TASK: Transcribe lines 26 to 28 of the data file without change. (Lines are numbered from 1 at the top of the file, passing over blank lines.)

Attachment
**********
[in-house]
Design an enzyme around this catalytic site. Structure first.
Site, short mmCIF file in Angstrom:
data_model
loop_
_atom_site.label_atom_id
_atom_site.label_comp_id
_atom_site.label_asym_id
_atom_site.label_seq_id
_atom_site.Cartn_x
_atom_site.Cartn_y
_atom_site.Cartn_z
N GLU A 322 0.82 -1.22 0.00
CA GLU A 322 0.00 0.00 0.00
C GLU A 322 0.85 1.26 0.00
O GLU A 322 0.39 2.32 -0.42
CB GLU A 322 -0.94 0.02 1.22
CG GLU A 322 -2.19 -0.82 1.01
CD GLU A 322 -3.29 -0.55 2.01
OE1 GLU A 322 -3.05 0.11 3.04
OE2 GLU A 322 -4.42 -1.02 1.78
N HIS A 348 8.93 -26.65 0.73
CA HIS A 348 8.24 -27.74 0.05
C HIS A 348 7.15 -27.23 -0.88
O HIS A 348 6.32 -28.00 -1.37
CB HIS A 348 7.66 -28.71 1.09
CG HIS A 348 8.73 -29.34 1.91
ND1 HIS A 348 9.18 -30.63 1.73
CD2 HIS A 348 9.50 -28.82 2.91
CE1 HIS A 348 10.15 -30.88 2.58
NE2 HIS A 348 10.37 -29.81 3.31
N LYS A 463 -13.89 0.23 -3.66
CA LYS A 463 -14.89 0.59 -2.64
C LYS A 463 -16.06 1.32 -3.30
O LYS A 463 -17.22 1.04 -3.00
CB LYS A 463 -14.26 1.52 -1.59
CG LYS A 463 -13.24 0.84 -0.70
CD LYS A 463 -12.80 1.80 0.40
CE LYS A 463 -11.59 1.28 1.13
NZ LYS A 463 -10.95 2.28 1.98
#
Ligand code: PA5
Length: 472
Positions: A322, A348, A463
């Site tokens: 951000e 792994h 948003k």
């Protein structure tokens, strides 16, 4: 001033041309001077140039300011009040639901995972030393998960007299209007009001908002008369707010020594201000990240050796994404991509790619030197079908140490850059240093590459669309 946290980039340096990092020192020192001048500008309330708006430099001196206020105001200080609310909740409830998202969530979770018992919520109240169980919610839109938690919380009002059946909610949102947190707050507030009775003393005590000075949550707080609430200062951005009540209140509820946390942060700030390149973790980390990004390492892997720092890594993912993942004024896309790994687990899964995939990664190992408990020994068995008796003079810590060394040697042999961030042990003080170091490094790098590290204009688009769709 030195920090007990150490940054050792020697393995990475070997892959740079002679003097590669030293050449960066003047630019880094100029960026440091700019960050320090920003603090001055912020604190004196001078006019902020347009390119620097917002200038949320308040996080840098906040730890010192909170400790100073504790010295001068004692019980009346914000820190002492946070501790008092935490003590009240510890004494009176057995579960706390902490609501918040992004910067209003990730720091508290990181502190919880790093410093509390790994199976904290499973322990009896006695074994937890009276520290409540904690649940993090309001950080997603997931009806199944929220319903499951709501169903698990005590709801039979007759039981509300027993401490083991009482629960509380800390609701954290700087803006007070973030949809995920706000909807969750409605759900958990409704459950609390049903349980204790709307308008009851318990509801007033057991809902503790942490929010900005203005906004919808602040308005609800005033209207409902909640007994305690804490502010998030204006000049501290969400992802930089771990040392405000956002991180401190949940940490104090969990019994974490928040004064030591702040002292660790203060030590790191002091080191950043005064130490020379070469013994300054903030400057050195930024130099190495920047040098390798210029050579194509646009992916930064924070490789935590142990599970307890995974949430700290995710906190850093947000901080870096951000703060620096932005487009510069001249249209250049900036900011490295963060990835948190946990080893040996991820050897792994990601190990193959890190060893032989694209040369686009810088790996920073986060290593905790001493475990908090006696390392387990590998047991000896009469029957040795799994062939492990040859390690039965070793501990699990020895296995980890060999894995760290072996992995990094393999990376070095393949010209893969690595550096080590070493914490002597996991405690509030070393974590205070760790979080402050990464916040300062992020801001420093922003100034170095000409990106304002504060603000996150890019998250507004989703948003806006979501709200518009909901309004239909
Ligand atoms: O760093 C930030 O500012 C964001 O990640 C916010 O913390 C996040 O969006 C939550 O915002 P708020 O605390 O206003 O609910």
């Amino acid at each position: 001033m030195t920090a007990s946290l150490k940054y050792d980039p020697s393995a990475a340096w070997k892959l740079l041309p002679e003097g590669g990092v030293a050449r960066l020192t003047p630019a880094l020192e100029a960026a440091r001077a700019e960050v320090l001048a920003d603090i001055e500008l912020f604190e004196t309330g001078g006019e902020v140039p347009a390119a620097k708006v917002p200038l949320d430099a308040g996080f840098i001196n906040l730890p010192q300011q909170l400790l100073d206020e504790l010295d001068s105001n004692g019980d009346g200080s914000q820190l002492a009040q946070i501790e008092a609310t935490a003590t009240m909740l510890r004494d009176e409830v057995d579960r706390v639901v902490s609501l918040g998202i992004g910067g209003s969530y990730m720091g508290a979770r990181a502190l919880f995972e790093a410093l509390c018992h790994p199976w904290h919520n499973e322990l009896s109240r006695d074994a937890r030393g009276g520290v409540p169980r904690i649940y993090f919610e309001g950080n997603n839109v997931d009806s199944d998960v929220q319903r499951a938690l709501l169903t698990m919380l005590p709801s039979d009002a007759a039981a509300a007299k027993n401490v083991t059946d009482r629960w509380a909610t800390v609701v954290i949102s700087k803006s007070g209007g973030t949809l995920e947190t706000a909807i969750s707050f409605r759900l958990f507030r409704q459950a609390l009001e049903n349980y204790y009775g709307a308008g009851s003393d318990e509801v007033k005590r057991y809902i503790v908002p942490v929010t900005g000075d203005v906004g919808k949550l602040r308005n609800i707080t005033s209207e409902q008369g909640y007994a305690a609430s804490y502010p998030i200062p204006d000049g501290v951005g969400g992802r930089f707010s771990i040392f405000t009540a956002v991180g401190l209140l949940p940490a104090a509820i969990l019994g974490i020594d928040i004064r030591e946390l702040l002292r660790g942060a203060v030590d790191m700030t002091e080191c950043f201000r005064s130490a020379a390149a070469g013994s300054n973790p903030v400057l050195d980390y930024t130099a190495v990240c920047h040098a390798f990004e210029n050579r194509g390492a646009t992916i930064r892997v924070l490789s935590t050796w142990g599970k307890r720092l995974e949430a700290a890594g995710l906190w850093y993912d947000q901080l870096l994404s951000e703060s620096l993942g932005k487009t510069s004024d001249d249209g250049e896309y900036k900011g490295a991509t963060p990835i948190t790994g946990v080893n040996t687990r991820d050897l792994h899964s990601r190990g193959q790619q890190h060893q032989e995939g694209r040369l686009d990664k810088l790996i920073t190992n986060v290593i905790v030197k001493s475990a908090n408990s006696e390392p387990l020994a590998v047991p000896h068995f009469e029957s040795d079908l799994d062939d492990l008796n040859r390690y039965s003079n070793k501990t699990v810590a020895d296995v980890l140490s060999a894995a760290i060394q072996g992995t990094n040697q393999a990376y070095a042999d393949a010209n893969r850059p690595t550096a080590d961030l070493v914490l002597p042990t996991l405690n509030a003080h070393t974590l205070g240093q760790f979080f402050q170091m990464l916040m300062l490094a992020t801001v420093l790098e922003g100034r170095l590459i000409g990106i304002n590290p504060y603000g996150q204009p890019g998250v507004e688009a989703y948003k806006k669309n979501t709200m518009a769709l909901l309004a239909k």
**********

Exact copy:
CB HIS A 348 7.66 -28.71 1.09
CG HIS A 348 8.73 -29.34 1.91
ND1 HIS A 348 9.18 -30.63 1.73